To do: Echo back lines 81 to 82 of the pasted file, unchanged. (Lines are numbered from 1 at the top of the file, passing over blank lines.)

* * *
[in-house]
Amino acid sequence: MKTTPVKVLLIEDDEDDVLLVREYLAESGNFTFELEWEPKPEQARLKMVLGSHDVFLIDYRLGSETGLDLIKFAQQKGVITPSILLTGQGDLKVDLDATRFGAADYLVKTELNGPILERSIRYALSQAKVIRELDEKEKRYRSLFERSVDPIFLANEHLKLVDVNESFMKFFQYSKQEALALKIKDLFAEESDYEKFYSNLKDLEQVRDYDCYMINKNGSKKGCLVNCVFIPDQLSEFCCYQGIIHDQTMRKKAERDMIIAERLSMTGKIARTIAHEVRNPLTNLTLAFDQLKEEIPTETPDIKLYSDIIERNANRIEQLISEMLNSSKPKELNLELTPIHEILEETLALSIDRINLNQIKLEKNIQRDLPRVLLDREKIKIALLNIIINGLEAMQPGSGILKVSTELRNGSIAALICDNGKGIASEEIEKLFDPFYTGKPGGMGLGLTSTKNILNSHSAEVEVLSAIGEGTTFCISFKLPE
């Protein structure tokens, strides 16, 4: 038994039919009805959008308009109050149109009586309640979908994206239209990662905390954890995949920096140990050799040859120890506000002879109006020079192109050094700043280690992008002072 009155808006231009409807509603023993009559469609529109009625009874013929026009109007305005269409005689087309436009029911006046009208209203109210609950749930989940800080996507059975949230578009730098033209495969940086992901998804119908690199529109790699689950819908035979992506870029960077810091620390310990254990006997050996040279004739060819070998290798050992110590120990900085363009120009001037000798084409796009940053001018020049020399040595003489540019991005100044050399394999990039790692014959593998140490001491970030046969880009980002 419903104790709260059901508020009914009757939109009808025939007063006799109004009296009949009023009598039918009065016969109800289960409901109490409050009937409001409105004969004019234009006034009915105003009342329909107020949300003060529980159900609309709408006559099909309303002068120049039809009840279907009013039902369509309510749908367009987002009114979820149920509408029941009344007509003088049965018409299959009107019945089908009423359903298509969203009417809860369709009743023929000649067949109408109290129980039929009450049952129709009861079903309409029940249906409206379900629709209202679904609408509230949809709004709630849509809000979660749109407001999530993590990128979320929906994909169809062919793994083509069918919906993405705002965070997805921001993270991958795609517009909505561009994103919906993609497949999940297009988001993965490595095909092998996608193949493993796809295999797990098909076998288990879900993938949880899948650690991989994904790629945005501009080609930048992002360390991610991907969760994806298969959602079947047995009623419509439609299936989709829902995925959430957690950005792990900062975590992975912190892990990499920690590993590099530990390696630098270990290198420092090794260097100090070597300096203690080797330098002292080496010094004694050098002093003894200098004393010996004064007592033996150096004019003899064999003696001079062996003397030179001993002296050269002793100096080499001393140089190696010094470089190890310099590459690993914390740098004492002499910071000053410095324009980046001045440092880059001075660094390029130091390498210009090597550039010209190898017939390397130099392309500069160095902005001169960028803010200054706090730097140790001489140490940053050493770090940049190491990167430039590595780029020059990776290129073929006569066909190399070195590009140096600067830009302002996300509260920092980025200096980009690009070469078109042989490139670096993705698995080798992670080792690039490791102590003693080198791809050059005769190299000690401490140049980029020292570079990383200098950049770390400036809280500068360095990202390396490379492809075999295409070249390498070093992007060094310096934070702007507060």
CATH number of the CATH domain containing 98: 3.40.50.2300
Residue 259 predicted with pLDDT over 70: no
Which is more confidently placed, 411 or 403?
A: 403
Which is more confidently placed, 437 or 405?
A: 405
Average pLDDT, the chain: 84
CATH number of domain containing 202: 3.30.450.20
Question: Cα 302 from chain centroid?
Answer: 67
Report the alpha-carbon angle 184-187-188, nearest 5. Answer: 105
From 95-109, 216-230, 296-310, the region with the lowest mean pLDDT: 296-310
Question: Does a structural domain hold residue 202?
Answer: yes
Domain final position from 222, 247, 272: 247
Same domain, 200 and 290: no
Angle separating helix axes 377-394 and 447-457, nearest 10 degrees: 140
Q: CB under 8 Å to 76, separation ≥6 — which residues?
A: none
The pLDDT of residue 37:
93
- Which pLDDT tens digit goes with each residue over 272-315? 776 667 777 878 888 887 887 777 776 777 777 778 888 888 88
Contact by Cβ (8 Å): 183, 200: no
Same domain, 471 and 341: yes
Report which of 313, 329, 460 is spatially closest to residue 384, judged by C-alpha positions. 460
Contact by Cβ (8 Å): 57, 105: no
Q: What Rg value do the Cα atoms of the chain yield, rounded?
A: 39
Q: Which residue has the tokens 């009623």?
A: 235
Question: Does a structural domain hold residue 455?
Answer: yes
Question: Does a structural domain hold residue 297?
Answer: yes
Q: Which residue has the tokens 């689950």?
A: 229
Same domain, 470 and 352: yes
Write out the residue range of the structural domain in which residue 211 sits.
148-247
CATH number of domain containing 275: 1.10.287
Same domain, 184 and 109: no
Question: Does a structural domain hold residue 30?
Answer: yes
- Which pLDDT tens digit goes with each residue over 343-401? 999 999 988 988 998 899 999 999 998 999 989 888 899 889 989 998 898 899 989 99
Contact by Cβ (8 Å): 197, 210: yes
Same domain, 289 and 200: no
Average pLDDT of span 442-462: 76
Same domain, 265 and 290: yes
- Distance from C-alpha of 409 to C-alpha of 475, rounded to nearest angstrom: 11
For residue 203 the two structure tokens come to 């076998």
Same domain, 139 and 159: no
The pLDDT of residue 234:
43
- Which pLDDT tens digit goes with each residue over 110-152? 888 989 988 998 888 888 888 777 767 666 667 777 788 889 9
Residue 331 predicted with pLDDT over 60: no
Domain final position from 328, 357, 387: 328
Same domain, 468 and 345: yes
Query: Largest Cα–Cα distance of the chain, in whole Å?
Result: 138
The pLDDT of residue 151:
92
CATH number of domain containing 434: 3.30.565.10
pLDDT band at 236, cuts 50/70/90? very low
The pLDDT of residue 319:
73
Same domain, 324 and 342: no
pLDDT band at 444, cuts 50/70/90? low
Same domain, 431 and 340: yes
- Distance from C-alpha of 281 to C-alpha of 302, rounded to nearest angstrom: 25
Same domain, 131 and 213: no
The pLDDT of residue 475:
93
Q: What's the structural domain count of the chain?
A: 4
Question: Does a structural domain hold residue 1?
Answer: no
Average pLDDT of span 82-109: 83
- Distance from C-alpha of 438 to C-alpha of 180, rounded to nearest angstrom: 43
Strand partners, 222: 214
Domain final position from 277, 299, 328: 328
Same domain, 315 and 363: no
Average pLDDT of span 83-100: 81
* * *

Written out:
- Distance from C-alpha of 438 to C-alpha of 180, rounded to nearest angstrom: 43
Strand partners, 222: 214